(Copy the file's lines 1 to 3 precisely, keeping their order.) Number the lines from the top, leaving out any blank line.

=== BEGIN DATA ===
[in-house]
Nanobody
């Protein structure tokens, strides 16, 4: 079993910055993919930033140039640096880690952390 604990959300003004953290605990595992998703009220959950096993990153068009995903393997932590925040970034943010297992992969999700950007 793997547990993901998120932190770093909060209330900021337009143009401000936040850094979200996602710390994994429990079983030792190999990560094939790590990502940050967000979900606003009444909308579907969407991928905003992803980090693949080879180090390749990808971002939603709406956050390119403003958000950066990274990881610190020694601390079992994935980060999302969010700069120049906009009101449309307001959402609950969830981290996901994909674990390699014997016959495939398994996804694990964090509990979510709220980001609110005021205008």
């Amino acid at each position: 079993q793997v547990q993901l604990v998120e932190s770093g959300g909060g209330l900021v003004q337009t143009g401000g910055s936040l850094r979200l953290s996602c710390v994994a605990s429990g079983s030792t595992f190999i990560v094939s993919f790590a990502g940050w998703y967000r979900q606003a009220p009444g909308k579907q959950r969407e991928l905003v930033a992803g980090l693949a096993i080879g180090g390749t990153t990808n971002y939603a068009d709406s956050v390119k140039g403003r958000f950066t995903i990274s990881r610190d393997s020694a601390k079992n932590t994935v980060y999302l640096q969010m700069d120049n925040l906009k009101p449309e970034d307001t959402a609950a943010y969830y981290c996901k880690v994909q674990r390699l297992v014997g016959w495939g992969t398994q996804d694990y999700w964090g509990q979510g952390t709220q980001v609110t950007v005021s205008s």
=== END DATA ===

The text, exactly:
[in-house]
Nanobody
């Protein structure tokens, strides 16, 4: 079993910055993919930033140039640096880690952390 604990959300003004953290605990595992998703009220959950096993990153068009995903393997932590925040970034943010297992992969999700950007 793997547990993901998120932190770093909060209330900021337009143009401000936040850094979200996602710390994994429990079983030792190999990560094939790590990502940050967000979900606003009444909308579907969407991928905003992803980090693949080879180090390749990808971002939603709406956050390119403003958000950066990274990881610190020694601390079992994935980060999302969010700069120049906009009101449309307001959402609950969830981290996901994909674990390699014997016959495939398994996804694990964090509990979510709220980001609110005021205008």